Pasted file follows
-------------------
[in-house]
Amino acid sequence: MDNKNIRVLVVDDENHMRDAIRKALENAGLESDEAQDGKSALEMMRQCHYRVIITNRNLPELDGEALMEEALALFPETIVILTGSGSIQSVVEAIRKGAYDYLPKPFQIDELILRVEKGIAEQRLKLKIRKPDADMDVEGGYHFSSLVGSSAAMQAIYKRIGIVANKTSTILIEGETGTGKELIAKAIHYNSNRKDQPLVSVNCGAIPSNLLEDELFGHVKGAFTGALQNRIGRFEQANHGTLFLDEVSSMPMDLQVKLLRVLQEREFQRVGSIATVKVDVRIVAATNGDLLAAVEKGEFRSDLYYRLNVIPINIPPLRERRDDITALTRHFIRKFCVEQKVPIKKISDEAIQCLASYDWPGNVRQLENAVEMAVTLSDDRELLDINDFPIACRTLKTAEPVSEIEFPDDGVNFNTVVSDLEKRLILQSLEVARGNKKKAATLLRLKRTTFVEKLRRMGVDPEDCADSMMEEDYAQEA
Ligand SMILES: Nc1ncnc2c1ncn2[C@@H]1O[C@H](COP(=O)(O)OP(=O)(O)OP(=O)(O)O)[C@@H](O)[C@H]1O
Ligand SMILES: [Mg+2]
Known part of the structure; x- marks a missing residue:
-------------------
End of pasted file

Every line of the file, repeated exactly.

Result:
[in-house]
Amino acid sequence: MDNKNIRVLVVDDENHMRDAIRKALENAGLESDEAQDGKSALEMMRQCHYRVIITNRNLPELDGEALMEEALALFPETIVILTGSGSIQSVVEAIRKGAYDYLPKPFQIDELILRVEKGIAEQRLKLKIRKPDADMDVEGGYHFSSLVGSSAAMQAIYKRIGIVANKTSTILIEGETGTGKELIAKAIHYNSNRKDQPLVSVNCGAIPSNLLEDELFGHVKGAFTGALQNRIGRFEQANHGTLFLDEVSSMPMDLQVKLLRVLQEREFQRVGSIATVKVDVRIVAATNGDLLAAVEKGEFRSDLYYRLNVIPINIPPLRERRDDITALTRHFIRKFCVEQKVPIKKISDEAIQCLASYDWPGNVRQLENAVEMAVTLSDDRELLDINDFPIACRTLKTAEPVSEIEFPDDGVNFNTVVSDLEKRLILQSLEVARGNKKKAATLLRLKRTTFVEKLRRMGVDPEDCADSMMEEDYAQEA
Ligand SMILES: Nc1ncnc2c1ncn2[C@@H]1O[C@H](COP(=O)(O)OP(=O)(O)OP(=O)(O)O)[C@@H](O)[C@H]1O
Ligand SMILES: [Mg+2]
Known part of the structure; x- marks a missing residue: